Preparing for and filing a tire failure complaint and claim

RV Tire Safety
with RV tire expert Roger Marble

Following are the steps you need to take ahead of time to be prepared in case of tire failure, as well as how to file a complaint with the National Highway Traffic Safety Administration (NHTSA) and a claim for possible compensation in the event of tire failure.

1. Be sure you have the full DOT serial number for each tire written down somewhere.

2. With ANY failure, other than puncture or valve failure, you should file a complaint with NHTSA. They need the FULL DOT serial.

3. Take pictures in full sun, close enough so only half the tire fills the frame. Ten feet away under the RV just isn’t useful. Get tread, sidewall failed area, and non-failed area. Make sure the pictures are IN FOCUS and at the highest quality possible for your camera.

4. Let NHTSA know you have pictures when you file your complaint.

5. Contact the tire dealer, RV dealer and RV manufacturer of the failure and the NHTSA complaint number.

6. KEEP THE FAILED TIRE. The tire company may be willing to compensate you but you must have the failed tire. Carry an heavy-duty trash bag if you must. A folded trash bag doesn’t take space and is only a few ounces weight.  No tire = no possible compensation.

Note: I have posts and video on how trailer owners, Class B and Class C owners can inspect your own tires each year for belt/tread separations. Running a TPMS (tire pressure monitoring system) will give you an advanced warning on Run Low Flex Failure.

Having the actual scale load on each tire as covered in the owner’s manual will help substantiate your claim. Always run the tire pressure on the tire sidewall for your CIP (cold inflation pressure) if you are pulling a trailer. Motorhome owners need a scale weight printout and a copy of tire load tables.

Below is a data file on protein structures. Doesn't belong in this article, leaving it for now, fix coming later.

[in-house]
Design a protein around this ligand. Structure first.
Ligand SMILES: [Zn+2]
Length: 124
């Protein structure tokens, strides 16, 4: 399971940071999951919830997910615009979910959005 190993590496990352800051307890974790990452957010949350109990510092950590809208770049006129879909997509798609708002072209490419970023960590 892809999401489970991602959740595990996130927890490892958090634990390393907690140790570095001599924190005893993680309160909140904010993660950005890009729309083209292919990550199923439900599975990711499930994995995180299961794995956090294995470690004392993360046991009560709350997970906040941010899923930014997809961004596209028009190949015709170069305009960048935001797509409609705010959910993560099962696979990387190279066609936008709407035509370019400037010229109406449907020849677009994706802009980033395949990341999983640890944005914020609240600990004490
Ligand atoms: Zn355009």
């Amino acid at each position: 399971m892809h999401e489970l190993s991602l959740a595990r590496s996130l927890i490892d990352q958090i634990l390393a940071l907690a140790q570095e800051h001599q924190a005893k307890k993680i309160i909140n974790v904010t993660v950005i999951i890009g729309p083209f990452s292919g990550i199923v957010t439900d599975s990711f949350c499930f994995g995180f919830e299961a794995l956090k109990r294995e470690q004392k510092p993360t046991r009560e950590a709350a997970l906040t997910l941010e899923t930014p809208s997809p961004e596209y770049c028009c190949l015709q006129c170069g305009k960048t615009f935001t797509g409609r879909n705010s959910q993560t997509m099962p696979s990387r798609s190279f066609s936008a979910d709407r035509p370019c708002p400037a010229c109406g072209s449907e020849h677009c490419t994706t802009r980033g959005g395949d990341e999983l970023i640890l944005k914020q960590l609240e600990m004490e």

IMO, if you don’t do all of the above I am not interested in hearing your complaints.

Read more from Roger Marble on his blog at RVtiresafety.net.

 

 

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4 Thoughts to “Preparing for and filing a tire failure complaint and claim”

  1. Al

    Last summer I had a Goodyear Marathon (4 years old) blow. I had it replaced with a Goodyear Endurance at a cost of $300.00 I did not save the old tire. Less than 200 miles later another blow out this time wiser. Both sides of my 5er were damaged. Contacting Goodyear as I was a repeat customer and as a goodwill jester they refunded 1/2 of my first tire. For the second tire a courier collected it and was taken in for inspection, the result the damage the second tire did I was fully compensated for at over $1,100.00! Yes find space save the tire it paid off for me.

  2. Darrel

    You really think I can carry a 275 /80 22.5 tire until I can make a claim?

    Not interested indeed

    1. Bill

      See Al’s comment above. For $1100, I’ll come carry it for you if I’m anywhere near.

    2. Roger Marble

      Yes, not everyone has space to carry the failed tire. You might be able to work something out with the tire service company. Only you can decide if the potential for compensation is worth some effort.
      Think for a moment if you had a TV or refrigerator or alternator fail. Would you expect the company (Sears, Best Buy, AutoZone or whoever) you bought the item from to replace it without you having to return the failed item?

      Even if you can’t carry or return the failed tire you still need to file a complaint with NHTSA (with the DOT serial and vehicle VIN) if you want to help all RV owners to ever see an improvement in tire quality. NHTSA will never order a recall without an investigation and never start an investigation without a number of complaints with the appropriate details on file.

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